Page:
Egypt’s Election and the Fate of the Revolution

Egypt has come a long way since the January 25 revolution. The country that once upon a time quietly anticipated the handover of power from Hosni Mubarak to his son Gamal is now choosing between 13 candidates to become the next president of Egypt.

Egypt has come a long way since the January 25 revolution. The country that once upon a time quietly anticipated the handover of power from Hosni Mubarak to his son Gamal is now choosing between 13 candidates to become the next president of Egypt.

Though it’s been a year and a half since the downfall of Mubarak, it’s no secret that the demise of the dictator did not bring with it the collapse of his regime. This realization has pushed many Egyptians to continue their struggle for freedom by incessantly protesting against Egypt’s current military rulers, who are perceived by many as Mubarak loyalists.

How will the presidential election affect the fate of the revolution? “The reason Egyptians revolted was to oust a corrupt president, not to live in a continued state of rebellion,” said Ali Bahnasawy, media advisor to Dr. Abdel Moneim Abol Fotouh’s presidential campaign. Abol Fotouh is a reformist Islamist who has gained support in both activist and Muslim Brotherhood circles.

Bahnasawy believes that the revolution’s success depends on electing someone who genuinely supported the uprising since the very beginning. “They will vote for whomever they believe will fulfill the demands of the revolution but if he fails they will surely find their way back to the streets.”

Along the same lines, some Egyptians are apprehensive about the candidacy of former members of Mubarak’s regime, fearful that Egypt might spiral back into autocracy. But Ahmed Sarhan, spokesperson for the presidential campaign of Ahmed Shafik, Mubarak’s former prime minister, opposes that notion. “Shafik was a technocrat minister and was never a member of the ruling National Democratic Party,” said Sarhan. “If he is capable of achieving the main goals of the revolution—bread, freedom, and social equality—then why shouldn’t he be president?”

Sarhan discounts arguments that the election of a former member of Mubarak’s regime could mark the end of the revolution. “I think that protesting is a right we gained and we can never give up. But the reasons for protesting will change. The revolution will not disappear but it will take an approach of reconstruction.”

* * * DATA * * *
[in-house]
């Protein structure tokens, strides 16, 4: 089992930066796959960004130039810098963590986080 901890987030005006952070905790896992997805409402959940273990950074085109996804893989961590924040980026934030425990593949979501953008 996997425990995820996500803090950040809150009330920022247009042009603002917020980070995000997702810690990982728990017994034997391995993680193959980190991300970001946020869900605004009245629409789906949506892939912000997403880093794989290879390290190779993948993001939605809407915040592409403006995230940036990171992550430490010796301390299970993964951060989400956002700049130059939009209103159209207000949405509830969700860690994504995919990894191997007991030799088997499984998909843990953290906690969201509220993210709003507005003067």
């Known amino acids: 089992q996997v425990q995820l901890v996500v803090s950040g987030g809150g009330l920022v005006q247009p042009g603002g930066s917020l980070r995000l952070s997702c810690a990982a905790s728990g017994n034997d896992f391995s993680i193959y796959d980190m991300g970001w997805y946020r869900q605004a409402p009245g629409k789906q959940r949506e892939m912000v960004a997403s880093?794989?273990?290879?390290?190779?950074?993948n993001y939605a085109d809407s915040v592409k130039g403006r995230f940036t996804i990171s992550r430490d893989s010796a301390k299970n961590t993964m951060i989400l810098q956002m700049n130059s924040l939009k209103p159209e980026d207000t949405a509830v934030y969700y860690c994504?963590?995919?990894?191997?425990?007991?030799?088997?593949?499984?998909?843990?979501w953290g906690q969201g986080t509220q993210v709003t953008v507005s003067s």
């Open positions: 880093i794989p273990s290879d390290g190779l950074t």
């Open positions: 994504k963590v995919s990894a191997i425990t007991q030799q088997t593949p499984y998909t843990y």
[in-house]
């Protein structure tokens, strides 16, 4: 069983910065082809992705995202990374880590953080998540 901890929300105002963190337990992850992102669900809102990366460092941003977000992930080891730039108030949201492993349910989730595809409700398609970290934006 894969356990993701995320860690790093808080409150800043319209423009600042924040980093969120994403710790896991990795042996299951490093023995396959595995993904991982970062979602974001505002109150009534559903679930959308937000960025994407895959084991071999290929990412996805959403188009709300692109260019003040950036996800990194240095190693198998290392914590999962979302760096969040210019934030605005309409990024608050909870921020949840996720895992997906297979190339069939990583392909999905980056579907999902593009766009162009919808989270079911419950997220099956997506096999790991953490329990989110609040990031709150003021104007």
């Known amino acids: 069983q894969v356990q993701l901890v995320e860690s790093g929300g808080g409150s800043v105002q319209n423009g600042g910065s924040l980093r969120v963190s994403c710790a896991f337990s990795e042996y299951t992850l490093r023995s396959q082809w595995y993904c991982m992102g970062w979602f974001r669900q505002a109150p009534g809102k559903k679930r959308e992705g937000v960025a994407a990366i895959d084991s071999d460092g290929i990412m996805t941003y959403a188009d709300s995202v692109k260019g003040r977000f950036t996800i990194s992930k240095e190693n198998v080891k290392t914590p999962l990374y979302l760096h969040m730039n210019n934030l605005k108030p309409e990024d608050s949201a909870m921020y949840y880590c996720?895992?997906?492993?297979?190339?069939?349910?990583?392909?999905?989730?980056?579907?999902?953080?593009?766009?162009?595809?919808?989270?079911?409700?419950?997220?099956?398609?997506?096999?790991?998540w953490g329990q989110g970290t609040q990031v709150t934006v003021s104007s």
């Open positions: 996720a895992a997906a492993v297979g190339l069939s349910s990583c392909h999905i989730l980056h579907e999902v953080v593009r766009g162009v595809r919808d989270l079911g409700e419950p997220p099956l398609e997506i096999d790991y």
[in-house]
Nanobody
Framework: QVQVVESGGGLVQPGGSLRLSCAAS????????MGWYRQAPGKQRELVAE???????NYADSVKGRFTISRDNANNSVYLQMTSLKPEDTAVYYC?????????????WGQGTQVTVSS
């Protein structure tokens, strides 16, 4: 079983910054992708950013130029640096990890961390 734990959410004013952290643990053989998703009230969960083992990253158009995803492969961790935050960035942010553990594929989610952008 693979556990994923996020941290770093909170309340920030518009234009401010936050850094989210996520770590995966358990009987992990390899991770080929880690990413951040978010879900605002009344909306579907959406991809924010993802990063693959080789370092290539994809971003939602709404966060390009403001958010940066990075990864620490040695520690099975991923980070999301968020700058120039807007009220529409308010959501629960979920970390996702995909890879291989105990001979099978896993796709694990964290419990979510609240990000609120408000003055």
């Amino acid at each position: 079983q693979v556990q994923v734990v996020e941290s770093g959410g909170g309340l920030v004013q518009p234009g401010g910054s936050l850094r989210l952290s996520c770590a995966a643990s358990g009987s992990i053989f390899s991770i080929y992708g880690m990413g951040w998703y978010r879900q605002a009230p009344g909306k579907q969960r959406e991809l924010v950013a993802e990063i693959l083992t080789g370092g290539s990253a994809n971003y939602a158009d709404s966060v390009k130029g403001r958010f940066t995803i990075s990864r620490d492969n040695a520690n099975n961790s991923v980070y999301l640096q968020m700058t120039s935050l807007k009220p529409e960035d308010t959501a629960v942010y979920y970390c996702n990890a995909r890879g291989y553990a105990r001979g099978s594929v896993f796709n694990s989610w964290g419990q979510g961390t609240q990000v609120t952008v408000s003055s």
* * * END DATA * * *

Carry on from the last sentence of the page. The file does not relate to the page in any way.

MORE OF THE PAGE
Yet such optimism toward the democratic process is not widespread. Political activist Noor Noor, son of eliminated presidential candidate Ayman Nour, is among those boycotting the election entirely. He fears that participating would ultimately lead to “the abortion of the revolution.” He fears the ugly scenario of a non-transparent electoral process. “The rules and procedures of these elections haven’t been placed by the revolution. They were placed by Mubarak’s men. These elections are not elections that reflect the revolution.”

Noor predicts the election of a “weak” candidate, which would play into the hands of the Supreme Council of the Armed Forces (SCAF), and would be “damaging” to the fate of the revolution. “The SCAF are doing their best to show that they are not ruling the country, they shifted negative public pressure to the Parliament, by ensuring that the Parliament is weak and can’t do much but took public attention away from SCAF,” said Noor. “They will do the same with the president.”

Egyptians will soon know the name of their first democratically elected leader since the beginning of time (not an exaggeration). Regardless of the outcome, by now Egyptians have learned that they—and only they—control their fate. The revolution might face setbacks and challenges, but its future is not solely tied to the outcome of an election.

Farah Saafan is a video-journalist based in Cairo.    

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